- Did you know the world’s first known and named poet in history was a woman in ancient Mesopotamia?
Though hardly anyone knows it, the first person ever to attach their name to a poetic composition is not a mystery. Enheduanna was born more than 4,200 years ago and became the high priestess of a temple in what we now call southern Iraq. She wrote poems, edited hymnals, and may have taught other women at the temple how to write. Archaeologists discovered her in the 1920s and her works were published in English beginning in the 1960s. Yet, rarely if ever does she appear in history textbooks. There are almost no mentions of her within pop culture. No one namechecks her in song lyrics, she isn’t taught in MFA courses, and there are no paintings of her except for a few crudely drawn sketches that float around the outer edges of the internet.
- James Davidson reviews the exhibition Antinous: Boy Made God at the Ashmolean museum:
The transmogrification of emperors and people close to emperors into divine personalities, or divi, worthy of being worshipped as gods, wasn’t a novelty in the second century CE. Among others, Caligula had deified his sister Drusilla, Nero his second wife, Poppaea, and Trajan his niece Matidia. These divi and divae were officially sanctioned by the Senate and were closely associated with the cult of the emperors to whom they owed their ascension. But there were no great sanctuaries, so far as we can tell, dedicated to Matidia; no identically faced sculptures honoured Drusilla; no newly founded city of Poppaeopolis marked the spot where Nero, allegedly, kicked his pregnant queen to death. Antinous was different.
When I visited the exhibition last year it shared the room with another show, No Offence: Exploring LGBTQ+ Histories, but the organisers of the exhibition and certainly Roland Smith, the main author of the very useful little catalogue, Antinous: Boy Made God (Ashmolean, £15), suggest that Antinous’ relationship to Hadrian was less central to his cult than we have supposed: ‘Antinous’ veneration seems to have been largely an independent phenomenon … [Flaccus’] bust was dedicated to the boy in and for himself.’ He even suggests that it was the proliferation of monuments that gave rise to rumours of a relationship.
- A look at how sci-fi writer Octavia E. Butler reimagined her hometown of Pasadena, California:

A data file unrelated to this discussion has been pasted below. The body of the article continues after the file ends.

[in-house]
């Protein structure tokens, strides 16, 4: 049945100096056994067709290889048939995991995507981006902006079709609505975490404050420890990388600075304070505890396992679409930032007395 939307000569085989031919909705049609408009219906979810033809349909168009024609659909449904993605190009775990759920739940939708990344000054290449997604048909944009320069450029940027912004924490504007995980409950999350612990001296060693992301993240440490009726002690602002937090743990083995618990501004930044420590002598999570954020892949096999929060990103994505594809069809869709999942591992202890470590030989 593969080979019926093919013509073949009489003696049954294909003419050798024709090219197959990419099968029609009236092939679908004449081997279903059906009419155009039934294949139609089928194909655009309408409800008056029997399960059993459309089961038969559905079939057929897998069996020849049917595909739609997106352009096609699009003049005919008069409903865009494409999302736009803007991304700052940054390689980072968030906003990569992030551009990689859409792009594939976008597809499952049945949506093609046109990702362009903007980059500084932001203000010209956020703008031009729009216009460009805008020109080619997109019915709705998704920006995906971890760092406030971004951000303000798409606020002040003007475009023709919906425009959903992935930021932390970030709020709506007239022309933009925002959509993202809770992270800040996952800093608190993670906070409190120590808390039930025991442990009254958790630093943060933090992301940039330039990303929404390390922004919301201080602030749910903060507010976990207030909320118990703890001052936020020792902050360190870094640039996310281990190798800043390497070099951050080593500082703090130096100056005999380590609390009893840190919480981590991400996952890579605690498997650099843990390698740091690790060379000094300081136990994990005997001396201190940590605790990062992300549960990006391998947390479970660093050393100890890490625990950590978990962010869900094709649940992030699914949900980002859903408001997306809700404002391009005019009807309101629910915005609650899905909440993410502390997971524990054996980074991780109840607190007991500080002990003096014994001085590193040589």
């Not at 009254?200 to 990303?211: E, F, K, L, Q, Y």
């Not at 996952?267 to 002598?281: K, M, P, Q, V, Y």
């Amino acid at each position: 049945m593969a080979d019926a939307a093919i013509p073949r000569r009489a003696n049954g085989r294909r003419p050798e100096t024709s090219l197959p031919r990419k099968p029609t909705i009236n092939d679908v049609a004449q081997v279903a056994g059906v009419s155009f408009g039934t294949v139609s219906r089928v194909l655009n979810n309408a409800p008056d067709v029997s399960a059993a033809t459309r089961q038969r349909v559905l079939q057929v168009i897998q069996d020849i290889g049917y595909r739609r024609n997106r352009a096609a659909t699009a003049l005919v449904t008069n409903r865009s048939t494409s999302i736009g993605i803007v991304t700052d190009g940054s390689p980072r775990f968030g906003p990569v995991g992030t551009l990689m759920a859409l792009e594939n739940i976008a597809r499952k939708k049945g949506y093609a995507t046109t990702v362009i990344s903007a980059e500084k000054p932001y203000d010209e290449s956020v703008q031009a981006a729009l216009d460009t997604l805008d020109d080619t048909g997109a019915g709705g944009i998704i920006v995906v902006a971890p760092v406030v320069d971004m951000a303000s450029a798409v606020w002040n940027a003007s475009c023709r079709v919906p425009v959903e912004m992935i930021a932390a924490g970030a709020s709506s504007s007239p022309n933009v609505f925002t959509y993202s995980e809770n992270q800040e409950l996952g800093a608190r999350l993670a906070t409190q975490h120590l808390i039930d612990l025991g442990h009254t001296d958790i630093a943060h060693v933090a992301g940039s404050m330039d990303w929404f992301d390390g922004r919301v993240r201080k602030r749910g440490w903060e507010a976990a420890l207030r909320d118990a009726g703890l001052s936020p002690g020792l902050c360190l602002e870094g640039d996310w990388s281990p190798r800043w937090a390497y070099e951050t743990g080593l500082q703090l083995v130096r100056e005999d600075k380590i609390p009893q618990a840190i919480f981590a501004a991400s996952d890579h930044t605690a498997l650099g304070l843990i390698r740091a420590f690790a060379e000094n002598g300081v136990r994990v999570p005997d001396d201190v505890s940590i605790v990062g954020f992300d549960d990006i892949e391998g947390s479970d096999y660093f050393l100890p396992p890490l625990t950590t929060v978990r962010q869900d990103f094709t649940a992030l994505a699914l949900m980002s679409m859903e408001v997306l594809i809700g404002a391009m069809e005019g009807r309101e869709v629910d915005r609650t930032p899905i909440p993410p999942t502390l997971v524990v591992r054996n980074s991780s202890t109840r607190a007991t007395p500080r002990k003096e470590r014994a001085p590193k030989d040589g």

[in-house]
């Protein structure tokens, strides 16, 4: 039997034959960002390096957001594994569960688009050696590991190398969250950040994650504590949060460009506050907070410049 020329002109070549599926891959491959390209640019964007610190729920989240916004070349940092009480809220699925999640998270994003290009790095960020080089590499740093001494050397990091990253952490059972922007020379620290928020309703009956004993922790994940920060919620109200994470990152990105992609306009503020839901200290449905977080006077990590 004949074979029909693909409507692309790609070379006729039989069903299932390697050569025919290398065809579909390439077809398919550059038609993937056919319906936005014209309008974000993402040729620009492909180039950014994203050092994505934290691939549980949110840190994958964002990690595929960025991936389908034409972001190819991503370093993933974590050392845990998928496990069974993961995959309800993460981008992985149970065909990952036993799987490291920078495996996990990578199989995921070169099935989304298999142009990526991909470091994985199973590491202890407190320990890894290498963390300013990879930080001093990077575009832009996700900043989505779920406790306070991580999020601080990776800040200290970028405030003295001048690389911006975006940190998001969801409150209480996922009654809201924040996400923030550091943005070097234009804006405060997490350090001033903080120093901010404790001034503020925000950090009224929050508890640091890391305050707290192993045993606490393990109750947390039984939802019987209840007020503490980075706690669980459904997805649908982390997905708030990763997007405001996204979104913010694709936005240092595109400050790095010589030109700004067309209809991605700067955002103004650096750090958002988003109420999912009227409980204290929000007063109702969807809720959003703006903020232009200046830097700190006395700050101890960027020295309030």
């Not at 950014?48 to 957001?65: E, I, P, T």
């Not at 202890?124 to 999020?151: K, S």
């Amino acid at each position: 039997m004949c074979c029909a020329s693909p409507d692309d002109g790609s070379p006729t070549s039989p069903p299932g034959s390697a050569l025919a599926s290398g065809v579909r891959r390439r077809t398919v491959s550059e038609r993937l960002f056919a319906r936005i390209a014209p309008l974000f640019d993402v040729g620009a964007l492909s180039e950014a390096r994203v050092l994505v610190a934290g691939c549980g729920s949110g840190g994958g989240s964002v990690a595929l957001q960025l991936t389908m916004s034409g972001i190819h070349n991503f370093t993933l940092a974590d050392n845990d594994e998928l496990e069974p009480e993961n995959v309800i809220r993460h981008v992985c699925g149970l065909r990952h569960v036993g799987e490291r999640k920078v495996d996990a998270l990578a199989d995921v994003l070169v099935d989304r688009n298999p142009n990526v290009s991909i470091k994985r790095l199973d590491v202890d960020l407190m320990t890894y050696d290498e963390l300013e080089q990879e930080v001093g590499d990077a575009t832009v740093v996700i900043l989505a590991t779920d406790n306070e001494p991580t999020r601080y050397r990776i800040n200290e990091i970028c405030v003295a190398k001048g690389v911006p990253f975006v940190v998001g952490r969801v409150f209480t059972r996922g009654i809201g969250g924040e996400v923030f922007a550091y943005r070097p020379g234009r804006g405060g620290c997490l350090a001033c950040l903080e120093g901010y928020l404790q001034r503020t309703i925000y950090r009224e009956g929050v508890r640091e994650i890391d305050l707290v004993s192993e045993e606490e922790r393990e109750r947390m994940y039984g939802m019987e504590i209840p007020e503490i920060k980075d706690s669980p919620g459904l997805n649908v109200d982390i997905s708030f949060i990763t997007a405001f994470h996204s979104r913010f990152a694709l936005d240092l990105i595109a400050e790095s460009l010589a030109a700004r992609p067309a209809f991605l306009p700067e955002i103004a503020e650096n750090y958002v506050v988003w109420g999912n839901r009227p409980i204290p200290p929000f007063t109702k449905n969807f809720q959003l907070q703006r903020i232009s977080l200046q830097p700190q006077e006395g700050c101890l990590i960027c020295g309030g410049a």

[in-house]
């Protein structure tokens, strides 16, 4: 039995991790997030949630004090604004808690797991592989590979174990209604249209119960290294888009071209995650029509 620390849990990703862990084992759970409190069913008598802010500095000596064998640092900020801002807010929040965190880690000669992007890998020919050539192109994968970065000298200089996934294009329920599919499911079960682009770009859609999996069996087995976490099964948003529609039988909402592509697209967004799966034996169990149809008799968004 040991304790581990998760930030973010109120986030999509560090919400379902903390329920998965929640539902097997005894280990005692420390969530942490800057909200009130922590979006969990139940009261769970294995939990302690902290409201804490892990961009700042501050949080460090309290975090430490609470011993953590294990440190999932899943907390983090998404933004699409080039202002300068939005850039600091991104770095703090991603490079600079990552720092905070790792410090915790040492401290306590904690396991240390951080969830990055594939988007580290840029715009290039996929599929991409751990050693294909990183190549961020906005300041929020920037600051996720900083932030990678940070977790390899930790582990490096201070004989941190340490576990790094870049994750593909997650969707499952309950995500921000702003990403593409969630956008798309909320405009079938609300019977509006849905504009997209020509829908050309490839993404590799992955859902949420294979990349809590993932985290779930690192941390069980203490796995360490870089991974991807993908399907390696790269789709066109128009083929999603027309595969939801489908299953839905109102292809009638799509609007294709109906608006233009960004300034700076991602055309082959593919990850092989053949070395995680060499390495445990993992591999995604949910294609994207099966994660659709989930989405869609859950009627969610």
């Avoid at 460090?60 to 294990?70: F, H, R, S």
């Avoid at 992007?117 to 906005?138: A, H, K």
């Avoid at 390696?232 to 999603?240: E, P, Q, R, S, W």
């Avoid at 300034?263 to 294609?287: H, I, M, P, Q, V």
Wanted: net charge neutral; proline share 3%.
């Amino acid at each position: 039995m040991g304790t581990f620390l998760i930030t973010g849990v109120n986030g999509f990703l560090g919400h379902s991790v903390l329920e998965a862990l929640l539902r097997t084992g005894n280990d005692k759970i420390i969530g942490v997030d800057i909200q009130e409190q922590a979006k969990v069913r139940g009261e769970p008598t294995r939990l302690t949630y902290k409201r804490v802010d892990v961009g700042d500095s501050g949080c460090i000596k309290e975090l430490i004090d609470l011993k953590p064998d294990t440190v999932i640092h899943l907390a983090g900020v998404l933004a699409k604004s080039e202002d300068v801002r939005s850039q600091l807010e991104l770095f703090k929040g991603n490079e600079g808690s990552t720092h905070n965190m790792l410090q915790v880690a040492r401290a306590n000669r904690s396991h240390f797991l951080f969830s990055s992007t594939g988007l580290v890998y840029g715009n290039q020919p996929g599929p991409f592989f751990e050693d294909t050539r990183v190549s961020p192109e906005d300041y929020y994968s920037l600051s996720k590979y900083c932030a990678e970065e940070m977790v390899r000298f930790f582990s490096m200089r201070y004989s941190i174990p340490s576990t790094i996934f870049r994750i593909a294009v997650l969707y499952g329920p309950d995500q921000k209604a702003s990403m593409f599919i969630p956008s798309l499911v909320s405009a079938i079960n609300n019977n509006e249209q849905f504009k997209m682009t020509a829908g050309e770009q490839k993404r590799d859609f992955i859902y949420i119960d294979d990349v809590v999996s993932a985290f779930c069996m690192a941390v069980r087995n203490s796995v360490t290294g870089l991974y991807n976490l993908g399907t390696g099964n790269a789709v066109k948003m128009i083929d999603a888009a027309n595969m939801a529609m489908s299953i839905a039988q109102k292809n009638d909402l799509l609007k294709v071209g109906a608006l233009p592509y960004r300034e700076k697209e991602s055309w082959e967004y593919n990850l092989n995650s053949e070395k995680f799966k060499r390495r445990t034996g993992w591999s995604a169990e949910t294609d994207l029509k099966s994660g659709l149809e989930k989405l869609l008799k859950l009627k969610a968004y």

As a historian who works on the history of Western cities and more recently on the relationships between the American experience and science fiction, I felt the same pull to Butler’s work that so many other scholars have felt. Her novel Parable of the Sower opens with the evocative image of near-future Los Angeles in decline; when her papers were released, I imagined they might shed light on how she transformed her experience as a Southern Californian into her depictions of the region’s future. Opening those boxes in the stillness of the Ahmanson Reading Room and noisily extracting spiral-bound notebooks from manila envelopes, I envisioned an essay on Butler and her relationship with greater Los Angeles. What emerged instead is the central role of her hometown.
- In this podcast for Reimagine Value, scholar Max Haiven talks about the ghosts of empire in the prescription opioid crisis, and it’s chilling:
The prescription opioid crisis in the United States is among the worst human-caused public health disasters in modern history, with over 500,000 dead and by some estimates almost 5% of the American population ‘misusing’ these drugs. This article supplies some unusual resources for understanding that crisis and the way it inherits a legacy of empire, now transfigured for a corporate age. From the museums funded by the sale of these drugs to the British-led Opium Wars to the present-day racialised dimensions of the epidemic, much can be gained from dwelling with its tangled and haunted complexities. The article concludes with a consideration of Susan Buck-Morss’s reading of Walter Benjamin’s meditations on the aestheticisation of politics in an age of what she calls capitalist anaesthetics.